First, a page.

An Epic Trip to a Town Called Fairy

There 6 people who will read this who know where Fairy, Tx is located. Most of those folks do not live in Nederland, Tx, where we currently live. Here a little map to give some perspective:

We’re a long way from home. 

We were going there to honor this lady. She’s my Nanny Red and she passed away this week. She was from Fairy, Tx.


If you want to read something really interesting, get off this post and upon up this picture. The newspaper article from when she was in high school is a riot

I wrote a post titled From the Rising of the Sun to the Setting Thereof to set the tone for our travels. With kids in school and a busy weekend ahead, we didn’t have the time to stick around and visit and stay with relatives. It was a quick trip, 15 hours in the making.

Here’s the trip in miniature. I’ll fill in the details the time-lapse glosses over. Watch it carefully. I videoed Iredell, Tx in its entirety. See if you can spot it. This may take you to another page, so please come back for the details.

We started in Beaumont before sunrise, and we end in Beaumont after sunset.

As with any adventure, the interesting stuff happens in the middle.

022815_0337_AnEpicTript5.jpgIncluded in the middle of every trip back home, or to Fairy, includes a stop at Woody’s Smokehouse.

Someday I’m going to find a way to have all of Woody’s smoky goodness available without having to make a day’s long journey to get it. I can’t think of a time when we’ve gone through Centerville, Tx without stopping at this carnivorous oasis.

As usual, we stocked up on enough jerky and cheese to survive a brief ice age. Then again, very little of it makes it home with us. It’s good while it lasts.


After buying gas and enough protein power to fuel of for the rest of our journey to Fairy, we headed into the heart of Texas.

It’s a crazy drive. We started out down here in the Coastal Plains. It’s a flat here as it is in Amarillo. Then, all of a sudden, you find yourself in the Big Thicket and the Piney Woods. The pines swallow you up for hours. After leaving Centerville, the trees diversify and thin out. By Waco the landscape rolls gently, accented with round cedars, thorny mesquite, majestic oaks, and stately pecans. Last year’s little blue stem, waist high, waves in the breeze welcoming us back to central Texas.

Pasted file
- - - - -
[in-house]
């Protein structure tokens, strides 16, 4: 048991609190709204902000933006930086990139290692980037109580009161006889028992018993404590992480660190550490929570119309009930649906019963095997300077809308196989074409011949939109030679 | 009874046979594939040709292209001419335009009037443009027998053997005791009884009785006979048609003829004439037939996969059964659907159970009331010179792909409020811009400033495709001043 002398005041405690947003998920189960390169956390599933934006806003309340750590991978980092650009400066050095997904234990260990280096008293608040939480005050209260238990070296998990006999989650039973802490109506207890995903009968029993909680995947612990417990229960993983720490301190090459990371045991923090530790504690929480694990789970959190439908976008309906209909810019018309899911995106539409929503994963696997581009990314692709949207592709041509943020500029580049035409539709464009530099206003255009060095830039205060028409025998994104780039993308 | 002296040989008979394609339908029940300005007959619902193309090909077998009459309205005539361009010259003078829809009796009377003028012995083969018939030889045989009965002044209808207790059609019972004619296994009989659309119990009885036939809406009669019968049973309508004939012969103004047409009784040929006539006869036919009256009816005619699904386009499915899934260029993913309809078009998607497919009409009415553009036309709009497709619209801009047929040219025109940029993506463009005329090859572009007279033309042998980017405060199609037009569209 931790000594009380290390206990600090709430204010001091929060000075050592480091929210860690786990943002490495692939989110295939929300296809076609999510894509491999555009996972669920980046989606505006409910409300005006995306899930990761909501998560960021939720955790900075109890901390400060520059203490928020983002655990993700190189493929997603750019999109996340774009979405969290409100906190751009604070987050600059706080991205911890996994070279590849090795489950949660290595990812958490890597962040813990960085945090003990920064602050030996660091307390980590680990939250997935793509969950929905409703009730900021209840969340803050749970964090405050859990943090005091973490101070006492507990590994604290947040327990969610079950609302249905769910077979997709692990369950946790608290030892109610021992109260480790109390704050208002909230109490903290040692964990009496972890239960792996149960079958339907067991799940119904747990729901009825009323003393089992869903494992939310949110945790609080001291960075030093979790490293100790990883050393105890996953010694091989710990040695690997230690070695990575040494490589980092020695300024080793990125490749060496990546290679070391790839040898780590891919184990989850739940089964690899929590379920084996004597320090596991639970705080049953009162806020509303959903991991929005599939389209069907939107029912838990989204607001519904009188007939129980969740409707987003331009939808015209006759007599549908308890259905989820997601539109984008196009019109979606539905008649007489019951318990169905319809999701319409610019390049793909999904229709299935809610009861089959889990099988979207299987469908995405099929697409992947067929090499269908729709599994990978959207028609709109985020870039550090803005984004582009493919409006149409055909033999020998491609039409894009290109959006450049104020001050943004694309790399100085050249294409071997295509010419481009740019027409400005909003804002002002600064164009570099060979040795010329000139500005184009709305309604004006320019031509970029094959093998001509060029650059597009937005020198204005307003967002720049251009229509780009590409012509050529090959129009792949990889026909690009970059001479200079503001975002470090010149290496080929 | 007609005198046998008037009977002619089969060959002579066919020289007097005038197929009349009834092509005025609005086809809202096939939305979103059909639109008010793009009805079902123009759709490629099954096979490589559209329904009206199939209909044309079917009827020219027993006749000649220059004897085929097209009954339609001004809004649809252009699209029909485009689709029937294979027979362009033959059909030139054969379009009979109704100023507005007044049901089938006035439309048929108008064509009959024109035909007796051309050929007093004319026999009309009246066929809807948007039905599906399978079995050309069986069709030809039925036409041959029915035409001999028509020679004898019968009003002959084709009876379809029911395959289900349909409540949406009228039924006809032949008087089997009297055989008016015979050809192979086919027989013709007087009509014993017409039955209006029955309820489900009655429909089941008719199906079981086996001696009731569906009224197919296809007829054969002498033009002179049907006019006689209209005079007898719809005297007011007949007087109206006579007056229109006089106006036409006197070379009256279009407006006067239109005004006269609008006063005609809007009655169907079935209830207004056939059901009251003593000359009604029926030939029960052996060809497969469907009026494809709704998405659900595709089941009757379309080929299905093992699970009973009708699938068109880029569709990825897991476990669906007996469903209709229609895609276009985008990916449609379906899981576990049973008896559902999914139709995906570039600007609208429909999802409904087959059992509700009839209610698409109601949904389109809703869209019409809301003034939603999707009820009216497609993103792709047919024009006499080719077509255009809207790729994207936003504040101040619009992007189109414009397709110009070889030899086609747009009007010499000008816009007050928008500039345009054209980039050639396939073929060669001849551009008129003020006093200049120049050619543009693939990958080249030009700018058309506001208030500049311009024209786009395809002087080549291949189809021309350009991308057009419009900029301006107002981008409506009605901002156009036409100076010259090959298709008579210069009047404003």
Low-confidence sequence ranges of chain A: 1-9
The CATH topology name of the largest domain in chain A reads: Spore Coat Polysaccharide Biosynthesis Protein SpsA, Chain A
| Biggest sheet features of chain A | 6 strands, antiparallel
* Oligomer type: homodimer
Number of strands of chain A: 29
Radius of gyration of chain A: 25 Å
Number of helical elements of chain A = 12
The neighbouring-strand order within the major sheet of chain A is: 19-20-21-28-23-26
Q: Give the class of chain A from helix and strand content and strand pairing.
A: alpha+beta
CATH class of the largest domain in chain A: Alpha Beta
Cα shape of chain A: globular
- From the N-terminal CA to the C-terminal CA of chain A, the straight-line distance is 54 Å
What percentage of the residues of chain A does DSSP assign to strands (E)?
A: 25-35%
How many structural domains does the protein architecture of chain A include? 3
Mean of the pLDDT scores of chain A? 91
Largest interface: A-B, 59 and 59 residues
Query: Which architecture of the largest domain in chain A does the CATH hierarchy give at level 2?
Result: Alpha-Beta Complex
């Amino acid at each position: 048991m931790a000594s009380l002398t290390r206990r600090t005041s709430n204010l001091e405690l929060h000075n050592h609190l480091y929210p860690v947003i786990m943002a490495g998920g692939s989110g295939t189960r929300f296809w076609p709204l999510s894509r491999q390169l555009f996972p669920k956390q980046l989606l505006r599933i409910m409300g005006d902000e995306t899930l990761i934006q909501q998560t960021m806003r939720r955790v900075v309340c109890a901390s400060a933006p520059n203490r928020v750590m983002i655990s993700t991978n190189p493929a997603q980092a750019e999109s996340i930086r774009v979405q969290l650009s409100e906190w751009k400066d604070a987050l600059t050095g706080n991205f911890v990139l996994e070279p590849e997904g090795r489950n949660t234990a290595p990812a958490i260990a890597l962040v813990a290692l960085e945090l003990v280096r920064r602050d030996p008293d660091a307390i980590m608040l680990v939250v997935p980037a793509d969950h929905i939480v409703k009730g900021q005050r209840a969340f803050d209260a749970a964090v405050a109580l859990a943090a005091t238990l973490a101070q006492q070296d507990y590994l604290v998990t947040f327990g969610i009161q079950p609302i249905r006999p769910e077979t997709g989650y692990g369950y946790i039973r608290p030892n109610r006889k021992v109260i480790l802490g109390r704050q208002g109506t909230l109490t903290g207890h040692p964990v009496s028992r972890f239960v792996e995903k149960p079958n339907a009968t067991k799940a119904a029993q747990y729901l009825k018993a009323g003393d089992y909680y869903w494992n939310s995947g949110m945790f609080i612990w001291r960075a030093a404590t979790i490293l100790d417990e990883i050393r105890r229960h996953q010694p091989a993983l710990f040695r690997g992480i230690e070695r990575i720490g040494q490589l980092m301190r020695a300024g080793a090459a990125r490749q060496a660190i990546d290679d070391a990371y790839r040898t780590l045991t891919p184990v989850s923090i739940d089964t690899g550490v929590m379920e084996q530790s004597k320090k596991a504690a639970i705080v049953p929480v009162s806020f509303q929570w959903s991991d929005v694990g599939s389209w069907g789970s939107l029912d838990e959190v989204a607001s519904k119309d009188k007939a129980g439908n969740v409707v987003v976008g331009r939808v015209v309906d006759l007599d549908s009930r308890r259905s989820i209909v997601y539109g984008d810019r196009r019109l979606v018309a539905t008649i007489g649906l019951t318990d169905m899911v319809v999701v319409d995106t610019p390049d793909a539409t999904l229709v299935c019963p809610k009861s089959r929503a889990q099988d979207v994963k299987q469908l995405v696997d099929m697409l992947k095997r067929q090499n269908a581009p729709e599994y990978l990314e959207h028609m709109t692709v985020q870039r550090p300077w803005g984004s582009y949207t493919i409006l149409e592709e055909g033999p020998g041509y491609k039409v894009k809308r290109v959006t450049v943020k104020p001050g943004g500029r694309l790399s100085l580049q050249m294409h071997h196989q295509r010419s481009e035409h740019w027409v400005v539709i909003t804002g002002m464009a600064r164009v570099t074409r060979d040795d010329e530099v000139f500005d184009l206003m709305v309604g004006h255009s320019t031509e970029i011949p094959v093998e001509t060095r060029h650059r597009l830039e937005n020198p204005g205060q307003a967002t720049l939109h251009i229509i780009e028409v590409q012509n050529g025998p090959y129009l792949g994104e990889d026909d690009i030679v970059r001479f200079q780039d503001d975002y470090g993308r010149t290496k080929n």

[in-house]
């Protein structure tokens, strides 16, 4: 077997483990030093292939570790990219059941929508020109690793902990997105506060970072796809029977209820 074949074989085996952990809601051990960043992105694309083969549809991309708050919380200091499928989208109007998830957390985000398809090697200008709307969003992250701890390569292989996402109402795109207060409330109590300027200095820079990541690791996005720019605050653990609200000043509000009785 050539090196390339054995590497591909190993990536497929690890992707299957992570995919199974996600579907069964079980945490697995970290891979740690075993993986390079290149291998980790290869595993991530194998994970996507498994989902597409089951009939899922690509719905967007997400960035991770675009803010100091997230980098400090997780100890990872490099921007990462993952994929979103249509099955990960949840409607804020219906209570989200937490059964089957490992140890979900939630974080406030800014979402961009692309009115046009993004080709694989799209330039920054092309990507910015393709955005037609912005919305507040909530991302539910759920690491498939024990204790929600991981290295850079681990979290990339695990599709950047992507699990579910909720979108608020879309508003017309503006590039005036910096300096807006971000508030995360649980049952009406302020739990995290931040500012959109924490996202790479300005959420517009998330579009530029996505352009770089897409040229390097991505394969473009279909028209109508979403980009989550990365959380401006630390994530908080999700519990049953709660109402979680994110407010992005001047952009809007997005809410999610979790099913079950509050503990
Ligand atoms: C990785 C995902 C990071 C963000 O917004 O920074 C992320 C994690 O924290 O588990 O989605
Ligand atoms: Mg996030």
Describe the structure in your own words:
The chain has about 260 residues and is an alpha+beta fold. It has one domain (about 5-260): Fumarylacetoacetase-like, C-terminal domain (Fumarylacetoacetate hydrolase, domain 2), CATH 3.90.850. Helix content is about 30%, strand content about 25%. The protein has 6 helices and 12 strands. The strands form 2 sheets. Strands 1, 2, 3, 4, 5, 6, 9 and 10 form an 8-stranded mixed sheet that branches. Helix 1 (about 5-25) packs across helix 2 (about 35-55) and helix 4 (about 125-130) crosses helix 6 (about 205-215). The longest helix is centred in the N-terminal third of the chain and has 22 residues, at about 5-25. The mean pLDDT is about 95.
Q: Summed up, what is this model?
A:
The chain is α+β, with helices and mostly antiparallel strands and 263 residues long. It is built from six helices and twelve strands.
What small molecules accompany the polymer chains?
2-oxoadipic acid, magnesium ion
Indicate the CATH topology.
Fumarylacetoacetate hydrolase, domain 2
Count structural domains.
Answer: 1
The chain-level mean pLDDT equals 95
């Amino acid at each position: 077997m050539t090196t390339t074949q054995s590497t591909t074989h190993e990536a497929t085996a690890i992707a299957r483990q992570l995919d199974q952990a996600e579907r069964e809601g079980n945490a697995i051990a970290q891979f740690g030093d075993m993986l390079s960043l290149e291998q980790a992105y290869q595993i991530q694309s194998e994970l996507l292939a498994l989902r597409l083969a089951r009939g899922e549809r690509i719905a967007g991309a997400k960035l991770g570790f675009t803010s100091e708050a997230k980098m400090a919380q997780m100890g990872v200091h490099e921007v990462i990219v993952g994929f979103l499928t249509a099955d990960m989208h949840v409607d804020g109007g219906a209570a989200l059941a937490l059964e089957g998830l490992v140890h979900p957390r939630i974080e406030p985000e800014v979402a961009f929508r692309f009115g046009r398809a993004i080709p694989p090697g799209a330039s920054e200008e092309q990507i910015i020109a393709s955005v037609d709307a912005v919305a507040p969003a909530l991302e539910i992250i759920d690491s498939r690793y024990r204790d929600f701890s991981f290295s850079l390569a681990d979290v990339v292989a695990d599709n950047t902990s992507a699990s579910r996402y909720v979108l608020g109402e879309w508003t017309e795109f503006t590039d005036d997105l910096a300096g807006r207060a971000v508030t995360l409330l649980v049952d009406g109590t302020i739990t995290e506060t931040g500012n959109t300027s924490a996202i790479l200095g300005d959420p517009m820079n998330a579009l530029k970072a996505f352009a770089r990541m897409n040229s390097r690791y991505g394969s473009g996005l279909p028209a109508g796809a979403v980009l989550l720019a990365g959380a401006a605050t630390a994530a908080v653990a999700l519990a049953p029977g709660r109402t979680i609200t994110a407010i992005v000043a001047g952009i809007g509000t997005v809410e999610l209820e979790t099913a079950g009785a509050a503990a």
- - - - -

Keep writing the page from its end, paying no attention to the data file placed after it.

Enough about the flora.

Our family gathered in a place we’ve gathered on many occasions before, First Baptist Church of Hico. Do me and them a favor, click on their link and LIKE their Facebook page. They took great care of us.

Family members and friends from near and far came together to catch up, share some stories, and encourage one another. We had all of the funeral food we could eat. Funeral food is different than regular food. Funeral food has no calories. It nurtures the soul AND the body. Every church I’ve ever been part of has excelled in bringing out the best victuals for those who are grieving.

One of my best memories in my entire life took place inside the sanctuary at FBC Hico. That’s where, two decades ago this year, Kristi became my wife. Here’s a dark picture of the inside of the sanctuary and a shameless picture of Rylie in the sanctuary. We didn’t stay there long. I just wanted her to know that room was a significant place to me.


We traveled on from Hico, over the Bosque River, past the Bluebonnet Country club where I learned to play golf, and on into the agricultural heart of Hamilton County.

So here’s a picture of our goal for the day.

There’s not much there, and there won’t be much there. The cows outnumber the people, and the deer may outnumber the cows.

There are three generations of Burden’s buried in the Fairy Cemetery, as far as I can tell. There will be more to join them (we all hope later rather than sooner).

We sent Nanny Red off with a short graveside committal service. It was what she wanted. With her family gathered around, I read a passage from the Bible she gave my grandfather.


I don’t know how long ago she gave it to him as a gift, but I can tell by the yellowing of the pages, the Bible has been around at least as long as I have.